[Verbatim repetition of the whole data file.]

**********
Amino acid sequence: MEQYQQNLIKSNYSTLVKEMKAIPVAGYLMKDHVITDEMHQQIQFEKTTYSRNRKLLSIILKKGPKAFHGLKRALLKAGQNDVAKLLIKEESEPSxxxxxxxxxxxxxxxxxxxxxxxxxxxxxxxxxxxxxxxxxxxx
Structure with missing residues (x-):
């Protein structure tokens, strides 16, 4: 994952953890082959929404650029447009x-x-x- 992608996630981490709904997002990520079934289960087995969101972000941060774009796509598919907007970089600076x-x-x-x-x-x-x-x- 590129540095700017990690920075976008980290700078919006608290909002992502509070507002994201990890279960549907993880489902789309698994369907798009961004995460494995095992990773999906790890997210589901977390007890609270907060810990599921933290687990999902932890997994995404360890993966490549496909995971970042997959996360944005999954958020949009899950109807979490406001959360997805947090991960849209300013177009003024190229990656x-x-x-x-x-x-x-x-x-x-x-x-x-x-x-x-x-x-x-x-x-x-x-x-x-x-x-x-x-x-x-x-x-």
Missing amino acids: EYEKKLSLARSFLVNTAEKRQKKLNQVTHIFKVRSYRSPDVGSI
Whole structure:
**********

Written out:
Amino acid sequence: MEQYQQNLIKSNYSTLVKEMKAIPVAGYLMKDHVITDEMHQQIQFEKTTYSRNRKLLSIILKKGPKAFHGLKRALLKAGQNDVAKLLIKEESEPSxxxxxxxxxxxxxxxxxxxxxxxxxxxxxxxxxxxxxxxxxxxx
Structure with missing residues (x-):
């Protein structure tokens, strides 16, 4: 994952953890082959929404650029447009x-x-x- 992608996630981490709904997002990520079934289960087995969101972000941060774009796509598919907007970089600076x-x-x-x-x-x-x-x- 590129540095700017990690920075976008980290700078919006608290909002992502509070507002994201990890279960549907993880489902789309698994369907798009961004995460494995095992990773999906790890997210589901977390007890609270907060810990599921933290687990999902932890997994995404360890993966490549496909995971970042997959996360944005999954958020949009899950109807979490406001959360997805947090991960849209300013177009003024190229990656x-x-x-x-x-x-x-x-x-x-x-x-x-x-x-x-x-x-x-x-x-x-x-x-x-x-x-x-x-x-x-x-x-």
Missing amino acids: EYEKKLSLARSFLVNTAEKRQKKLNQVTHIFKVRSYRSPDVGSI
Whole structure: